Having heard complaints from his former colleagues and subordinates, Mr. Chaiwat, who was still discharged at that time, said in early August he decided to file a complaint to the National Anti-Corruption Commission (NACC) as well as the Prime Minister, Gen Prayut Chan-o-cha himself, and the Senate’s Natural Resources and Environment Standing Committee, asking them to investigate into the complaint and allegations against the chief. Mr. Chaiwat reasoned that he could not stand the chief’s acts, given that they affected the parks officials’ morale and work.

Mr. Chaiwat said that in the same month, on August 15, he went to meet the Natural Resources and Environment Ministry’s Permanent Secretary, Jatuporn Buruspat, to discuss the issue, and Mr. Jatuporn told him that he had not heard and knew nothing about it. He also asked Mr. Chaiwat to provide him with evidence if he had, Mr. Chaiwat claimed.

As being reinstalled at Paro 9 on October 3 following the Administrative Court’s order, Mr. Chaiwat said he had received further complaints from his subordinates at the office, this time about the bribes in percentages deducted from the state budgets. He said the percentages were varied, for instance, the forest fire units were called for monthly payments of up to 30% of their budgets. 

In late October, Mr. Chaiwat said he he even went to see the chief himself at the department to discuss the allegations but was confirmed by the chief to bring the money collected from his subordinates to him. Mr. Chaiwat claimed that he asked the chief not to do this, but his plea was rejected.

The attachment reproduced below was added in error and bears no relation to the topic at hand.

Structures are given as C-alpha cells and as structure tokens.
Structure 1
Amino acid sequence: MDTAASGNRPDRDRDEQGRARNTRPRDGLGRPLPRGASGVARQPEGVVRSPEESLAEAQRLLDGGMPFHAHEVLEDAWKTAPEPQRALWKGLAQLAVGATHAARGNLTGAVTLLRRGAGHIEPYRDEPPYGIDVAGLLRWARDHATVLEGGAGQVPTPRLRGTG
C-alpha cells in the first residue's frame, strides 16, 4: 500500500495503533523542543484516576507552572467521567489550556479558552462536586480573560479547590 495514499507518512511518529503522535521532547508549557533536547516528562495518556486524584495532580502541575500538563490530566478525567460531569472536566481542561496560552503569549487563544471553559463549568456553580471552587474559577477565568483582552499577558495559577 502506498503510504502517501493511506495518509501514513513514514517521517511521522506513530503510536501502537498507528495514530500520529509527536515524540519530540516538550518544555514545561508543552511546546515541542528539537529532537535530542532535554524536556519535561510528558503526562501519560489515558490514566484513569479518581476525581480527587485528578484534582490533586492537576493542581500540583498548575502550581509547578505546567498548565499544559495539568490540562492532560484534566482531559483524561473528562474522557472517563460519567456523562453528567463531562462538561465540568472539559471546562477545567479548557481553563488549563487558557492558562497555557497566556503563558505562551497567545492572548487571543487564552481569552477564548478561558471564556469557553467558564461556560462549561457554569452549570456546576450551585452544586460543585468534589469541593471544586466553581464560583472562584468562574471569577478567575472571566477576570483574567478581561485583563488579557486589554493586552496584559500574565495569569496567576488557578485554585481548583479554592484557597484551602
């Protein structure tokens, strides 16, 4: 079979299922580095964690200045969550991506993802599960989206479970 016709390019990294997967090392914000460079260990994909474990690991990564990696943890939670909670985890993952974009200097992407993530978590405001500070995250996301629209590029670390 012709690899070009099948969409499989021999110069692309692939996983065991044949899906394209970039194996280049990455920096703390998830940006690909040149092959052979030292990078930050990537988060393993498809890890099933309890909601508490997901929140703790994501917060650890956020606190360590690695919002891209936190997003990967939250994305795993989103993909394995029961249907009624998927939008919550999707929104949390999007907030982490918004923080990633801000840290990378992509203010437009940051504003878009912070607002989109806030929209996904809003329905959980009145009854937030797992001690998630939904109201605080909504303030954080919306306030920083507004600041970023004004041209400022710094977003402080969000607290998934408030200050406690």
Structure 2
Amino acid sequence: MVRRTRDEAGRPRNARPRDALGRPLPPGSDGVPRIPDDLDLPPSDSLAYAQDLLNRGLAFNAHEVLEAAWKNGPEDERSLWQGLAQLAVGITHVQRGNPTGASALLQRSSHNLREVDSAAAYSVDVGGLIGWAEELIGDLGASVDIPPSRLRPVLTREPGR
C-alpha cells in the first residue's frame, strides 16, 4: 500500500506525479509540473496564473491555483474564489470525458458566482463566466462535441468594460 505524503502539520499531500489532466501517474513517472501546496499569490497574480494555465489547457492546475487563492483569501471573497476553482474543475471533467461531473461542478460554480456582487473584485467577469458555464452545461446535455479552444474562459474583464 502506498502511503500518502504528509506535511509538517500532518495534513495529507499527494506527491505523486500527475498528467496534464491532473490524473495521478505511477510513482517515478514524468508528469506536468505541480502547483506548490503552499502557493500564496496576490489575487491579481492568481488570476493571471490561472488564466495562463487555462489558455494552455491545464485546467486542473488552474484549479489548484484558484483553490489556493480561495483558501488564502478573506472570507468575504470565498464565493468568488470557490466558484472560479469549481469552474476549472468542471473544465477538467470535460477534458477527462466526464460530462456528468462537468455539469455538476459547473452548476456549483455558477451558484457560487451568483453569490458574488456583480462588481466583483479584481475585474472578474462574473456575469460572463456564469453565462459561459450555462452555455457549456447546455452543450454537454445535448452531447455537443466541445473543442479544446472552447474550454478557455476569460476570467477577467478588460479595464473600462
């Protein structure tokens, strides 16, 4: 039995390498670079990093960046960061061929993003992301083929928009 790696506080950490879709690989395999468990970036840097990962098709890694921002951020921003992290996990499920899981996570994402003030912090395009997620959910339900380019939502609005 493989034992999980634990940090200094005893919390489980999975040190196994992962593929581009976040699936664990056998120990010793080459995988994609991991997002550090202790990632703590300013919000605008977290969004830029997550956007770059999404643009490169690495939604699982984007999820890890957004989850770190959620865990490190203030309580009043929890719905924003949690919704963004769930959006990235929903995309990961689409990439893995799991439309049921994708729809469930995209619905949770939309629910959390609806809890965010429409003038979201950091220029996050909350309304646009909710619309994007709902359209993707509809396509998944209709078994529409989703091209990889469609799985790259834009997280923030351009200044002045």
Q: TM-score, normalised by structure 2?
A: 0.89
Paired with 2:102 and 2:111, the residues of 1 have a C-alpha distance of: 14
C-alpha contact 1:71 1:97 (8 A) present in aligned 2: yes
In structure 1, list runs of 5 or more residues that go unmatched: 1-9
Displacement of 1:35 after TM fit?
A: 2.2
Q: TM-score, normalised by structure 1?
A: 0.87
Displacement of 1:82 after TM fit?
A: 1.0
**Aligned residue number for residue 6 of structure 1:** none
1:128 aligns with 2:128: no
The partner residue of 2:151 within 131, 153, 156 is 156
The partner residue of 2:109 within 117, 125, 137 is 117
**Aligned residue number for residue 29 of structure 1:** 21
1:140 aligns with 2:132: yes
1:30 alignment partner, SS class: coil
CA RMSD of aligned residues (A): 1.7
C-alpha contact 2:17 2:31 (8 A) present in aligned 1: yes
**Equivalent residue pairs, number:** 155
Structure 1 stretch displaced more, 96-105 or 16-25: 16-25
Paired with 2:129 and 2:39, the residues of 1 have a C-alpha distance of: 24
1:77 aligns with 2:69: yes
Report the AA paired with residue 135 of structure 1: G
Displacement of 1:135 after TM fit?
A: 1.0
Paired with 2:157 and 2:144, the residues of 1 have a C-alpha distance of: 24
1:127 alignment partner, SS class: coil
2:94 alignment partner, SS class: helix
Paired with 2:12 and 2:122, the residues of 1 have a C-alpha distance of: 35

On December 22, the NACC investigators called him in for summoning following his complaint in early August. Four days later, he officially filed a complaint with the ACD, accusing the chief of calling for bribes and misuse of power against his subordinates before they hatched a sting to arrest the chief at hand, with a fresh envelope of the money worth Bt 98,000 handed over by Mr. Chaiwat.

l The sting operation on December 27 by NACC and ACD investigators at the DNP chief’s office. They faced some resistance from the chief before successfully finding the evidence and arresting him. Photos courtesy of NACC and ACD

“This is the money that we have to pay,” said Mr. Chaiwat, rejecting the notion that it’s a lure brought by personal conflict between him and the chief. “Park rangers and officials work hard to protect the forests and wildlife as you may know, but they were extorted like this, it’s intolerable. That’s why the December 27 operation happened,” said Mr. Chaiwat, who said he is now under threat and is seeking police protection.

So far, the ACD has been calling for more evidence from those involved in the scandal. At least, 19 subordinates of Mr. Chaiwat took turns giving their testimonies on their damages to the ACD yesterday, and those having names appearing on other envelopes discovered in the chief’s office are being summoned next week.

Also read: National Parks chief arrested on charges of bribe-taking